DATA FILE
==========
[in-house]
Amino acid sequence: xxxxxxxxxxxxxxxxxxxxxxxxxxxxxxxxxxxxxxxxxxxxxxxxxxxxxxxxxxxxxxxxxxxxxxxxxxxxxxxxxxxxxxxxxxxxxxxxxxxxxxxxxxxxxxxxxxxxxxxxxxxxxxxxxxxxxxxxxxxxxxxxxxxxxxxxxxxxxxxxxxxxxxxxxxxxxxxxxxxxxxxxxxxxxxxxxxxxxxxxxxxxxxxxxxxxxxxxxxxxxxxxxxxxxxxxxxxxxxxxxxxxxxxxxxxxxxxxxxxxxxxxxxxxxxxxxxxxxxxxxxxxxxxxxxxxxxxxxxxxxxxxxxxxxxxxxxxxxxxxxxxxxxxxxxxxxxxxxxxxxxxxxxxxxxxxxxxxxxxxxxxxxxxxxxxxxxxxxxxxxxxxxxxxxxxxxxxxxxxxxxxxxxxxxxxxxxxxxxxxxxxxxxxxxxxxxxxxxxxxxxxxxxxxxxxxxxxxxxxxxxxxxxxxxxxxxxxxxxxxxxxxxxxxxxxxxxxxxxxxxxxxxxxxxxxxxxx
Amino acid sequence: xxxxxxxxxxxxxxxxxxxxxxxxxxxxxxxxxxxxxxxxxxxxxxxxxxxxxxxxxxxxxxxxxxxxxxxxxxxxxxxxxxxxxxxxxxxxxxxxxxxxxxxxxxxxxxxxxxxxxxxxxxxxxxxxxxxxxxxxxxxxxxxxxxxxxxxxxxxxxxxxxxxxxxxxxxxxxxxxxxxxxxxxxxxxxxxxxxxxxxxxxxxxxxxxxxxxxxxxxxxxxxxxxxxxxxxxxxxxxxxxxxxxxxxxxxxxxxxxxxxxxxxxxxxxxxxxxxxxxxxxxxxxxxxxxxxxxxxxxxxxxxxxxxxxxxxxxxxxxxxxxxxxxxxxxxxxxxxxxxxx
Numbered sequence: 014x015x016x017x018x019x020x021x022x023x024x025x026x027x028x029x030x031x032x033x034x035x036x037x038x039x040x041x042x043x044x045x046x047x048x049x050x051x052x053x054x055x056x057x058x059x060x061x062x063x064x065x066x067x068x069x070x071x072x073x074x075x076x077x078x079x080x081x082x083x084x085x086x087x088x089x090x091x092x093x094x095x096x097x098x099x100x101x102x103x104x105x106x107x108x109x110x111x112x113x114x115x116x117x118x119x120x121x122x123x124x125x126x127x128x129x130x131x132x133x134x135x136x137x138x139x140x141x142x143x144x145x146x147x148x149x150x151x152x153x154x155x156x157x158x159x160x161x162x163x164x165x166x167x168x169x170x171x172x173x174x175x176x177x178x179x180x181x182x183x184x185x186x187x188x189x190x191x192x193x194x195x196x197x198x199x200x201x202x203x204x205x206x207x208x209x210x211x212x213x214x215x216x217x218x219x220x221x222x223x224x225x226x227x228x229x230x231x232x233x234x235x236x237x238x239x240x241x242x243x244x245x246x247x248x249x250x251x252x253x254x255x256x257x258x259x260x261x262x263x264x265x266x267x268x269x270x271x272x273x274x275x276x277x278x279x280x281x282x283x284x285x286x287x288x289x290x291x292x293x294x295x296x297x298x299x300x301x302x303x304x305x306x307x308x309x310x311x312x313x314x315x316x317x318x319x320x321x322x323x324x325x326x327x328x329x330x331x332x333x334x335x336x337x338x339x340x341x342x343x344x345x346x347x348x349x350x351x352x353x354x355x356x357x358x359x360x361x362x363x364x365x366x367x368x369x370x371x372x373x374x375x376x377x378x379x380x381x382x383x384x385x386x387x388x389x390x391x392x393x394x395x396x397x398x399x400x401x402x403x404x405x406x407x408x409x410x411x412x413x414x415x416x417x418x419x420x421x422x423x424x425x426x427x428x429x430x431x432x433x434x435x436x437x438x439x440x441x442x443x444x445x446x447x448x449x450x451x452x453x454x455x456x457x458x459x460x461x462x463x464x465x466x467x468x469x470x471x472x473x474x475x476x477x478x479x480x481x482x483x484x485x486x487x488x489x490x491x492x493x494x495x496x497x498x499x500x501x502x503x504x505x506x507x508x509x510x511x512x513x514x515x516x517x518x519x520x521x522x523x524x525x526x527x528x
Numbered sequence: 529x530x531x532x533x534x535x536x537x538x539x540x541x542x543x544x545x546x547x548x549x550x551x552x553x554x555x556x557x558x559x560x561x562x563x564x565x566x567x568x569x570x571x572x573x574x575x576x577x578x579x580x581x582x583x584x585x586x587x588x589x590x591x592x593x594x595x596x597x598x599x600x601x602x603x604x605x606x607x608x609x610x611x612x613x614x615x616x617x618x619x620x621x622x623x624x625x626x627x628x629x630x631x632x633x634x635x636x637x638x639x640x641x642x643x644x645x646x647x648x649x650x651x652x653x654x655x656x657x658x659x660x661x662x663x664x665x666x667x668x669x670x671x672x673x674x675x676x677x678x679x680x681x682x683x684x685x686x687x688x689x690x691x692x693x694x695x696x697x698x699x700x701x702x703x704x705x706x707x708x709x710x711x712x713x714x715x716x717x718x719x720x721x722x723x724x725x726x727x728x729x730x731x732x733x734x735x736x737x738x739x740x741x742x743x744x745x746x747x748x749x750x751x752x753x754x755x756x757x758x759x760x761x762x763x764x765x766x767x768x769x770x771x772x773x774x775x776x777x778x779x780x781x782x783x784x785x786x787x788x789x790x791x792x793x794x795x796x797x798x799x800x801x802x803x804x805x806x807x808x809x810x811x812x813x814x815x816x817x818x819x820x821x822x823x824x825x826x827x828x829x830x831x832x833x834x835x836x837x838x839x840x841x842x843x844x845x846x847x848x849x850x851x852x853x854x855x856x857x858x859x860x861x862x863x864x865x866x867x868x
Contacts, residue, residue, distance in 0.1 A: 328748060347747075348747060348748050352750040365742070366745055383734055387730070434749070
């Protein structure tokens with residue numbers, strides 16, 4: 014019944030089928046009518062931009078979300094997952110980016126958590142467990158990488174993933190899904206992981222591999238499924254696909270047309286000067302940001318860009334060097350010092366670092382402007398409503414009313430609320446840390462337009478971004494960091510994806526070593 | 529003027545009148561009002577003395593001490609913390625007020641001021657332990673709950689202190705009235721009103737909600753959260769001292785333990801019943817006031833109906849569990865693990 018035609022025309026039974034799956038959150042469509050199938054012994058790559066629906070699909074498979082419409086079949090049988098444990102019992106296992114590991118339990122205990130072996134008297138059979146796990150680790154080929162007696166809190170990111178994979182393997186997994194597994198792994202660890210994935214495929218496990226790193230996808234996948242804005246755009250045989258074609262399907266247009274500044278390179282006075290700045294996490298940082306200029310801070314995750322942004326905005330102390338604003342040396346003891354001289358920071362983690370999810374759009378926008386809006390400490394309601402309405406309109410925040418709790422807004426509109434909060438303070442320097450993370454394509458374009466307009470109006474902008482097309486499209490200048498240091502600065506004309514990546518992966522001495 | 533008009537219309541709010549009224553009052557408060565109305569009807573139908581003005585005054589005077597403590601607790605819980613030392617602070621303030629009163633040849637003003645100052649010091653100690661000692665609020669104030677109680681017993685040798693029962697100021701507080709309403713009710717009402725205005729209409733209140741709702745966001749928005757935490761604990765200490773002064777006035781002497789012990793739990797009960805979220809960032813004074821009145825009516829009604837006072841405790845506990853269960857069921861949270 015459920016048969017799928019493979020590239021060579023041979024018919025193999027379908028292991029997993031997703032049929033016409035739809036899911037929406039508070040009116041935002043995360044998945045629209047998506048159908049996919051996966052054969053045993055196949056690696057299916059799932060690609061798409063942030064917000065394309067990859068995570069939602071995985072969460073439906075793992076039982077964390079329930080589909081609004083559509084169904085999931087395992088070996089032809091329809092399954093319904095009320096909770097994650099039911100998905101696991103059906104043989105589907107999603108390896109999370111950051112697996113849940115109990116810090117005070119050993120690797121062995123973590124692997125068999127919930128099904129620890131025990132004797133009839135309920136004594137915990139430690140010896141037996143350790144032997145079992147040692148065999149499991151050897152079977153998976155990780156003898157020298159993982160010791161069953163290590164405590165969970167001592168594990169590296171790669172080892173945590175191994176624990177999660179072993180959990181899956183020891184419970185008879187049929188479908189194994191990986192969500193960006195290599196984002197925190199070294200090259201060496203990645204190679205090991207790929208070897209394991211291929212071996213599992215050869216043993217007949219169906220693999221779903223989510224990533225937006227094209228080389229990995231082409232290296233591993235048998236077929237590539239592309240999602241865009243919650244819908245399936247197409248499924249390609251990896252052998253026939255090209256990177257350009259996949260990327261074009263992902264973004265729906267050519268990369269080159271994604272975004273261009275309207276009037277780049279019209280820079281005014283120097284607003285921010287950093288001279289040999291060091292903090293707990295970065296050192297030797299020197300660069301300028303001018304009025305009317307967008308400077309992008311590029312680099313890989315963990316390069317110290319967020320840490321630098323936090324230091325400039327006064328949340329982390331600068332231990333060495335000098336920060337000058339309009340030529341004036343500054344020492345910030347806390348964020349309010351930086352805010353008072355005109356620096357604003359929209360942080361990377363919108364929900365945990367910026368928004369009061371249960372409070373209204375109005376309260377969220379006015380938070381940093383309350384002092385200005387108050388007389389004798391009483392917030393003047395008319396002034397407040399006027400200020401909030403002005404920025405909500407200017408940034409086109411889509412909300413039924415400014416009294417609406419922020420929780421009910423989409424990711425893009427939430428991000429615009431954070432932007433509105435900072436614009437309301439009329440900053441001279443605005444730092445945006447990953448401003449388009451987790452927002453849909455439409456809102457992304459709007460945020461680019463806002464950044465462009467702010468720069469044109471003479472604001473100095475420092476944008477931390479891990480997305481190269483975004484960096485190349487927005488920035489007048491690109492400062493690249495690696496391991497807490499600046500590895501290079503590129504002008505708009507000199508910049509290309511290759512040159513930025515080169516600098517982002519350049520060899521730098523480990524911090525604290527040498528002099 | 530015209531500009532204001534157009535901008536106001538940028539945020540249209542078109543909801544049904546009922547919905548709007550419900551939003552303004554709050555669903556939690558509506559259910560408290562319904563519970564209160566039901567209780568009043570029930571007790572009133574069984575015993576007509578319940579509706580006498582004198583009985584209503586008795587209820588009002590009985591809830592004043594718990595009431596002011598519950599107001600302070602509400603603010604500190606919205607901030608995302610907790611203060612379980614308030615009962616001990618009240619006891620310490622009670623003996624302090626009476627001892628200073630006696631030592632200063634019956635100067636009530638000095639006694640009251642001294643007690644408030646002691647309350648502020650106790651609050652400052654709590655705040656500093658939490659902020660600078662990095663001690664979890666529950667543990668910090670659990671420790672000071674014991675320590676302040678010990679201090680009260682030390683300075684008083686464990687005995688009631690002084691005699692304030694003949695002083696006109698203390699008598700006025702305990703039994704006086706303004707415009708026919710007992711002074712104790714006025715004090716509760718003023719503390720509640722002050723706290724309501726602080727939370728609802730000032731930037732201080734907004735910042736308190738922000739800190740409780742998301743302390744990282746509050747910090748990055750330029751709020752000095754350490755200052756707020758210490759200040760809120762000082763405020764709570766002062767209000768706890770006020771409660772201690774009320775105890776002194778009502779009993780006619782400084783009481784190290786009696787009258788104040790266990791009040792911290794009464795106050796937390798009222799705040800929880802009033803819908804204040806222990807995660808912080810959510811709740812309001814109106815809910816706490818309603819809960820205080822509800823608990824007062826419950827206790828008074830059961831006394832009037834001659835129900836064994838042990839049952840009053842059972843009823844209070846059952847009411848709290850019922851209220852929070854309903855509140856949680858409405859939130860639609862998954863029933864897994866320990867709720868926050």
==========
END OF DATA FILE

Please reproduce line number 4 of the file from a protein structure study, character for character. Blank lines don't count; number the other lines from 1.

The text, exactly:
Numbered sequence: 014x015x016x017x018x019x020x021x022x023x024x025x026x027x028x029x030x031x032x033x034x035x036x037x038x039x040x041x042x043x044x045x046x047x048x049x050x051x052x053x054x055x056x057x058x059x060x061x062x063x064x065x066x067x068x069x070x071x072x073x074x075x076x077x078x079x080x081x082x083x084x085x086x087x088x089x090x091x092x093x094x095x096x097x098x099x100x101x102x103x104x105x106x107x108x109x110x111x112x113x114x115x116x117x118x119x120x121x122x123x124x125x126x127x128x129x130x131x132x133x134x135x136x137x138x139x140x141x142x143x144x145x146x147x148x149x150x151x152x153x154x155x156x157x158x159x160x161x162x163x164x165x166x167x168x169x170x171x172x173x174x175x176x177x178x179x180x181x182x183x184x185x186x187x188x189x190x191x192x193x194x195x196x197x198x199x200x201x202x203x204x205x206x207x208x209x210x211x212x213x214x215x216x217x218x219x220x221x222x223x224x225x226x227x228x229x230x231x232x233x234x235x236x237x238x239x240x241x242x243x244x245x246x247x248x249x250x251x252x253x254x255x256x257x258x259x260x261x262x263x264x265x266x267x268x269x270x271x272x273x274x275x276x277x278x279x280x281x282x283x284x285x286x287x288x289x290x291x292x293x294x295x296x297x298x299x300x301x302x303x304x305x306x307x308x309x310x311x312x313x314x315x316x317x318x319x320x321x322x323x324x325x326x327x328x329x330x331x332x333x334x335x336x337x338x339x340x341x342x343x344x345x346x347x348x349x350x351x352x353x354x355x356x357x358x359x360x361x362x363x364x365x366x367x368x369x370x371x372x373x374x375x376x377x378x379x380x381x382x383x384x385x386x387x388x389x390x391x392x393x394x395x396x397x398x399x400x401x402x403x404x405x406x407x408x409x410x411x412x413x414x415x416x417x418x419x420x421x422x423x424x425x426x427x428x429x430x431x432x433x434x435x436x437x438x439x440x441x442x443x444x445x446x447x448x449x450x451x452x453x454x455x456x457x458x459x460x461x462x463x464x465x466x467x468x469x470x471x472x473x474x475x476x477x478x479x480x481x482x483x484x485x486x487x488x489x490x491x492x493x494x495x496x497x498x499x500x501x502x503x504x505x506x507x508x509x510x511x512x513x514x515x516x517x518x519x520x521x522x523x524x525x526x527x528x